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Chichester Residential Summer School

Chichester Residential Summer School

5 December 2011

Brian Toney and Fred Yeung report on the annual summer course, 2011

Well, we all certainly had a riot on campus this summer! Ours, however, was positive, helpful and operated without any hostilities. Heather Rees, with all her expertise, once again led the looting of the National Faculty’s store of wonderful folk and national dances which has enriched my modest stock of class material. 

“The revised syllabus certainly contained a good number of old favourites and offered a much wider choice for class work and exams”

It was agreed that the revised syllabus certainly contained a good number of old favourites and offered a much wider choice for class work and exams. I very much liked the new and imaginative steps sequence structure. 

There was a lot of work to do – new work for some of us – but we managed to get through it all in detail with no feeling of being rushed. There was even time to enjoy a joke or two!

I had looked forward to being among friends – and what a bonus to see and be inspired by Fred from Hong Kong again. 2012? It’s a date!

Brian Toney, Norway

 


 

What a precious opportunity of enjoying the picturesque scenery of South England and at the same time enriching my dance experience in Chichester last summer! 

The National Dance Faculty is introducing a revised syllabus in the coming year. Besides candidates showing individual assigned step sequences, the breadth of the syllabus is also widened too. So, the main theme for me in Chichester was to recap the old dances that have been brought back again in the new syllabus and at the same time to get more familiar with the new step sequences. It was a joy to have Heather Rees there as the course tutor. Her intensive teaching and precise demonstration contributed to the success of the course.

Folk Dance of Europe. So much of the information in this, and his other books, is very useful for ‘themes’ for group and solo choreography, as well as for those studying for teaching and degree examinations.

It was a valuable vacation trip for me too because there I could reinstate friendship with old friends Brian Toney and Annette, besides meeting some new ones such as Liz, Heidi (Sophie), Ruth, Claire, Yvonne and Janet. As well as the usual fine and warm weather in England, the atmosphere in the studio was also warm and welcoming. Sweats, sore legs, photos, laughter, delicious food and party before midnight are bits of blissful memories that I will not forget.

Fred Yeung, Hong Kong

Relaxation Between Dance Sessions

In a relaxed moment during a break from dancing, the National Dance teachers wandered in the lovely grounds at Chichester. Their ‘fun’ moment in and around a tree is perhaps reminiscent of the many rites relating to trees. Nigel Allenby Jaffé, in his book Folk Dance of Europe, described many such events. An interesting extract from one of his fascinating chapters is given below.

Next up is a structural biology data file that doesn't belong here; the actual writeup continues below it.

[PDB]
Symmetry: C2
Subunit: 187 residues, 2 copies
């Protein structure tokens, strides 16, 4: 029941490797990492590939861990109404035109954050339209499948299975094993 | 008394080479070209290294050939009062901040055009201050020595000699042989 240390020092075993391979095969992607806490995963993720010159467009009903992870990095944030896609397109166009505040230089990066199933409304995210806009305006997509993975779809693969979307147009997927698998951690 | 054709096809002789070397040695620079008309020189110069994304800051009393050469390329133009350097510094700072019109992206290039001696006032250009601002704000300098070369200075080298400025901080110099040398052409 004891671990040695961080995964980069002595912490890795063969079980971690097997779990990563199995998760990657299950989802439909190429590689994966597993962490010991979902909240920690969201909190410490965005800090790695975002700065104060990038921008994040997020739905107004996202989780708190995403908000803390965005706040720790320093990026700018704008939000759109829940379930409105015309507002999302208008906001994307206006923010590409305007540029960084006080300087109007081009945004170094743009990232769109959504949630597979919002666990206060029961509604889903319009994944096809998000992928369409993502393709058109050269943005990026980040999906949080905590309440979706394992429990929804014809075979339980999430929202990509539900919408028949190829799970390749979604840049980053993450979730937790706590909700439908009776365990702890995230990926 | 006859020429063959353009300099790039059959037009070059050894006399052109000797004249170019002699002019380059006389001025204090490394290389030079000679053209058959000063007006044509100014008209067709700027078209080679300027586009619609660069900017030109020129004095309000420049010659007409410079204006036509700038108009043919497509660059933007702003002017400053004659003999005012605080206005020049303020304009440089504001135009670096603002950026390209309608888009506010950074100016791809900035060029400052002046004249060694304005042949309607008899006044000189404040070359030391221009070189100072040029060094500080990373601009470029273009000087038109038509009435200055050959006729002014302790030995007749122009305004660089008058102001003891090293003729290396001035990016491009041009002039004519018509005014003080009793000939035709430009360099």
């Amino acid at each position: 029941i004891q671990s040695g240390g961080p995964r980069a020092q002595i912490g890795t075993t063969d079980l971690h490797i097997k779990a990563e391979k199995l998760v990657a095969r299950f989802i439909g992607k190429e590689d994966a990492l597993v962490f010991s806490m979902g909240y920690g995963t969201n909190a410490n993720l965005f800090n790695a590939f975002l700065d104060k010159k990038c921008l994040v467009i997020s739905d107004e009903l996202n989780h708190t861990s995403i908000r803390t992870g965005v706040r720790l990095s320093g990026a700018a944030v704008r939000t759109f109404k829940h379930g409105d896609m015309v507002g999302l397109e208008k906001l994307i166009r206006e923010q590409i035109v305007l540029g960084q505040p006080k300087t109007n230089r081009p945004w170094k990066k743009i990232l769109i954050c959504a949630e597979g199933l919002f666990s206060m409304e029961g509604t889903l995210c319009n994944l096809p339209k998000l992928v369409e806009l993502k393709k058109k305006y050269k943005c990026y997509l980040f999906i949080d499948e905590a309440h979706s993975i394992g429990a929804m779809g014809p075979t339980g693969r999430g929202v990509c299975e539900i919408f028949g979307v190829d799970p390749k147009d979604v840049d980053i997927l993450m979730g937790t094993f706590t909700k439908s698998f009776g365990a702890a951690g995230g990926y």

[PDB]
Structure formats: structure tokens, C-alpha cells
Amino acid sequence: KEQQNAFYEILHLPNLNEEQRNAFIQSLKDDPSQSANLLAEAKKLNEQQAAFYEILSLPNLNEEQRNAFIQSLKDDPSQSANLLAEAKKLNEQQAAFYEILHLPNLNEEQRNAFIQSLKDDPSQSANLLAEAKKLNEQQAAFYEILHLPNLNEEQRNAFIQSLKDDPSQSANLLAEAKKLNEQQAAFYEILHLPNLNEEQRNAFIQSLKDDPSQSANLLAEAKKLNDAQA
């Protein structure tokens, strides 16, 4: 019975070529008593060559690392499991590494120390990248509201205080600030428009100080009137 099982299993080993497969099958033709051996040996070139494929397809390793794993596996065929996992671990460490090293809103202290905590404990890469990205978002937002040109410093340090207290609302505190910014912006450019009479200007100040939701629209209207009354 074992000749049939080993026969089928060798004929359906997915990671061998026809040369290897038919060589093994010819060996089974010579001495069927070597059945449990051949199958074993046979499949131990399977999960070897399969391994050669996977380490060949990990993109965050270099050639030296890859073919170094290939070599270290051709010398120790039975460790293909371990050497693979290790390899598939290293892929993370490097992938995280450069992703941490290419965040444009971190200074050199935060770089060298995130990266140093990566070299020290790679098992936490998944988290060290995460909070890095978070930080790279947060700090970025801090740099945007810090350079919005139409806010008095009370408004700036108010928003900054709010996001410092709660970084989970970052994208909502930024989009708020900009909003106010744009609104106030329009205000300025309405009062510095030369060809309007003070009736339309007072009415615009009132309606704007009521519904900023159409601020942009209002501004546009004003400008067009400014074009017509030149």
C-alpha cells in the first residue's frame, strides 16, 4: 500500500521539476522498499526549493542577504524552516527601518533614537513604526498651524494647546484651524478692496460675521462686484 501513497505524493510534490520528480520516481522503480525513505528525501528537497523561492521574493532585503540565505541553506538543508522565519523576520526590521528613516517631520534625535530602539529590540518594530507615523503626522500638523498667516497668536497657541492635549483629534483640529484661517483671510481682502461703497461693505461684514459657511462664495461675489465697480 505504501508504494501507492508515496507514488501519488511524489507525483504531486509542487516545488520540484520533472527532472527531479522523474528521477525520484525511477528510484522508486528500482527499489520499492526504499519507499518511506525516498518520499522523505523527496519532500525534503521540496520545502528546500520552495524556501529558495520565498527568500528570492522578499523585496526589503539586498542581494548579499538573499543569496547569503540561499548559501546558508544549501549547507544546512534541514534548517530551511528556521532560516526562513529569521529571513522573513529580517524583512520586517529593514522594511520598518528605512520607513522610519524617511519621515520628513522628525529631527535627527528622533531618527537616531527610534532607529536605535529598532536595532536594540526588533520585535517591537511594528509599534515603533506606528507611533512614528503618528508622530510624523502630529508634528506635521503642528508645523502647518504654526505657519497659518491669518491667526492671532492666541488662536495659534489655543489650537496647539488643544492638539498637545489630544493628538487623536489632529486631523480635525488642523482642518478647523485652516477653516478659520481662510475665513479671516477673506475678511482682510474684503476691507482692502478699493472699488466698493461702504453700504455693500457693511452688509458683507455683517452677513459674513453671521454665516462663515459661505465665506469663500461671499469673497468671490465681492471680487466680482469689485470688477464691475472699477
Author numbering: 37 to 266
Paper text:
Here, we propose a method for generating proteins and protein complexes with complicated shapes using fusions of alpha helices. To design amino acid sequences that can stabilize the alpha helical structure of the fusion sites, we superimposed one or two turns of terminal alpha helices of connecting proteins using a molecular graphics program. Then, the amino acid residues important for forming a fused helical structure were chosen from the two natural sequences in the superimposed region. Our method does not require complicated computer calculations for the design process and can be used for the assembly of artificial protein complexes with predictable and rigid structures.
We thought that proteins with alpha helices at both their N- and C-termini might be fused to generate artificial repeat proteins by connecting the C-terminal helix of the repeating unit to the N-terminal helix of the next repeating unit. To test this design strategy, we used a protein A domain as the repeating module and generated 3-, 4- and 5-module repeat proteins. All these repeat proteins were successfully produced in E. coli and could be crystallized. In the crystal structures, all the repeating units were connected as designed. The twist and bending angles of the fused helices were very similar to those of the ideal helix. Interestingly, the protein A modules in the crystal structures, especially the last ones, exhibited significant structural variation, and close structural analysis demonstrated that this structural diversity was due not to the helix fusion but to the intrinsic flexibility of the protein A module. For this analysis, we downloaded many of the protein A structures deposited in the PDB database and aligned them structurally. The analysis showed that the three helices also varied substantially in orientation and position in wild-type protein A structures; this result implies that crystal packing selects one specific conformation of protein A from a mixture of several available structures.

Scan of Nigel Allenby Jaffe's Book for Dance Magazine

This particular information appears in the chapter entitled Maypoles, Fires and Spirits: “Folklore from all over the world tells of the sacred nature of the tree. The tree has been seen as the centre of the world and support of the universe, as a symbol of life, and of inexhaustible fertility. As the tree put forth new leaves each spring, it was the sign of renewal of vegetation, the rebirth of the year. Tree worship took many forms. The Holy thorn at Glastonbury was only one of many thorn trees which were venerated, and as people would gather on old Christmas Eve to watch the holy thorn flower, so at the opposite end of the year old Midsummer’s Day, the people of Appleton in Cheshire would decorate their holy thorn, which was according to tradition an offshoot of the Glastonbury thorn, with flowers and ribbons and would dance around it. They do so to this day.

“Dancing round trees has always been an integral part of certain rites. […] In ancient times couples were sometimes married beneath a sacred ‘marriage oak.’ Even well into Christian times, newly married couples would go to a sacred tree, dance around it and cut a cross in it.

“Their ‘fun’ moment in and around a tree is perhaps reminiscent of the many rites relating to trees”

“It was the custom, in most countries of Europe, for villagers to go out into the woods to cut down a tree, to bring it back to the village, and to set it up amidst rejoicing. Cut branches would also be brought back, to be fastened on every house, bringing to each household the blessing of the tree spirits. The custom survives still, and maypole dancing is one tangible relic left over from ancient times. Sometimes they dance round a real tree that has been stripped of its lower branches, or they may use a pole to symbolize the tree, and decorate it with wreaths, garlands, ribbons and greenery. Sometimes the May-tree is carried from house to house to share out the tree-spirits’ blessings. Not everywhere is the custom observed in May; early summer and midsummer also provide occasions for maypole dancing.”

Extract (page 224) from Folk Dance of Europe 

by Nigel Allenby Jaffé

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